New Podcast on State Tax Reform with Prof. Christine Ries

January 20, 2011

This week’s Tax Policy Podcast features an interview with Prof. Christine Ries of Georgia Tech, in which she describes her recent experience serving as a member of Georgia’s Special Council on Tax Reform and Fairness. The council recently completed its deliberations and presented state lawmakers with a list of recommendations, including eliminating special exemptions and credits, lowering income tax rates and broadening the base of the sales tax.

The council’s final report was released on January 7th, and has been getting positive comments from many sources, including from the editorial board of The Wall Street Journal yesterday:

A bipartisan tax commission chartered last year by the legislature is proposing that Georgia cut its personal and corporate tax rates by a third, to a flat 4% from a high of 6%. “Our overriding goal was to get the income tax rate as low as possible, because the evidence is so clear that this is the biggest driver of growth and jobs,” says commission member Christine Ries, an economist at Georgia Tech. The plan is a “revenue neutral” shift to a cleaner and simpler state tax code.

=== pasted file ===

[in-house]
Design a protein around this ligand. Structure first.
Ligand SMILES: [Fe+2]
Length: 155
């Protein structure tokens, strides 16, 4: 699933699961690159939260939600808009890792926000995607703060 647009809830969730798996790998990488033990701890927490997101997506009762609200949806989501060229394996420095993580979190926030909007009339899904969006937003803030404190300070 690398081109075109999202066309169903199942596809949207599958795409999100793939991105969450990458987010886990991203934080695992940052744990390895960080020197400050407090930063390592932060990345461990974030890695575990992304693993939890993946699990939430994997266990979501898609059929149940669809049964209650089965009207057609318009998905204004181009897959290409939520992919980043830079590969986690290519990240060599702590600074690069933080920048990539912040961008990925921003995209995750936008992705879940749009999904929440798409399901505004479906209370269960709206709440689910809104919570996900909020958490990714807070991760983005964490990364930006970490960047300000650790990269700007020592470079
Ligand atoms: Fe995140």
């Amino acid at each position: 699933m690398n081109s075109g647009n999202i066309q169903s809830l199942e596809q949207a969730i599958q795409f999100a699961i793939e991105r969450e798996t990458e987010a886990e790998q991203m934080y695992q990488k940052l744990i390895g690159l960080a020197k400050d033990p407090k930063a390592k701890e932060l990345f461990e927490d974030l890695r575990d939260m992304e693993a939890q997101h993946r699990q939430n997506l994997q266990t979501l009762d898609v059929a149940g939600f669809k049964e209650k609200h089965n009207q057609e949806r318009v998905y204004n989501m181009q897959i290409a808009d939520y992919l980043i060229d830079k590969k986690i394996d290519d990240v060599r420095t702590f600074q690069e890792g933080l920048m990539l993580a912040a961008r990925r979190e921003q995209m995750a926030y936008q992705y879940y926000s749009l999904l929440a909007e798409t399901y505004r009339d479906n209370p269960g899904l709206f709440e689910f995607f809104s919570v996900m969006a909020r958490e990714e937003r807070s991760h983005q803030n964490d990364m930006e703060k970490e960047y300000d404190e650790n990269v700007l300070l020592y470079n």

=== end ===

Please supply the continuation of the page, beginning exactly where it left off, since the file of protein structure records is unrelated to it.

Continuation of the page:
The plan follows the first principle of a sound and fair tax system: Apply a low rate to a broad base. The most controversial change is the grocery tax, which liberal critics call a regressive levy on the poor. In fact, the proposal would increase the personal exemption to offset the food tax for low-income families.

Georgia, of course, isn’t the only state considering large-scale tax reform (Vermont, for example, has a similar state-chartered commission), though in her podcast interview Prof. Ries was skeptical that very many other states would end up embracing her state’s comprehensive approach. Given the growing parade of states that have announced reform plans and rate cuts, however, there are plenty of reasons to be optimistic about 2011 (unless you live in Illinois, of course).


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